On this page you will find information on what strep A is, what to look out for and how to seek advice and help if needed.
Streptococcus A, often shortened to strep A, is a common bacteria which many people carry without making them ill.
It can spread through close contact, such as coughs and sneezes, and can cause illness such as a sore throat or scarlet fever, which is usually mild.
Public Health Wales is reminding parents that cases of invasive group A streptococcal infection (iGAS) remain rare in Wales, and that children have a very low risk of contracting the disease.
The reminder comes after the UK Health Security Agency (UKHSA) and Public Health Wales confirmed a number of deaths from iGAS, a rare complication of group A streptococcal infection.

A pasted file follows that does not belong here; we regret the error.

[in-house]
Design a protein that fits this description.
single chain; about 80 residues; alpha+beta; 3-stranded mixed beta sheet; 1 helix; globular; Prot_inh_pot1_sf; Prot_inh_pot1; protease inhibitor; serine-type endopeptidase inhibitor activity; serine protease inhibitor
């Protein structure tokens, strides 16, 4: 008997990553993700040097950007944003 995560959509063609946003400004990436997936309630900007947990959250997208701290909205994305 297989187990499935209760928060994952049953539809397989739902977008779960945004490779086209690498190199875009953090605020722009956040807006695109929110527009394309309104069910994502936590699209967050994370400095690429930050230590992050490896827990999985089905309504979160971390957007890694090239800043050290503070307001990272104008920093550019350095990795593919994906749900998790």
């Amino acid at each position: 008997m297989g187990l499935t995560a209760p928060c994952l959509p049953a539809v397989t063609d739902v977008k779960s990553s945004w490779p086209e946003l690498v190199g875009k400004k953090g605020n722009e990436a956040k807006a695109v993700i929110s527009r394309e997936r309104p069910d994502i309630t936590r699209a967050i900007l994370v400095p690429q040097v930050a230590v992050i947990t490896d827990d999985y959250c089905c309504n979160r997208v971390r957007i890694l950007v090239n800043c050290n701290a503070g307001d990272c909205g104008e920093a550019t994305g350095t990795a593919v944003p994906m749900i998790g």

We understand that parents and carers are likely to be anxious following news reports related to iGAS, but the condition remains rare and we ask everyone to follow the official advice from Public Health Wales:
The symptoms of scarlet fever include a sore throat, headache, fever, nausea and vomiting. This is followed by a fine red rash, which typically first appears on the chest and stomach, rapidly spreading to other parts of the body. Older children may not have the rash.
On more darkly pigmented skin, the scarlet rash may be harder to spot, but it should feel like 'sandpaper'. The face can be flushed red but pale around the mouth.
If you suspect your child has symptoms of scarlet fever please follow this advice:
Contact your GP or get medical advice straight away if you think your child has any of the signs and symptoms of iGAS disease.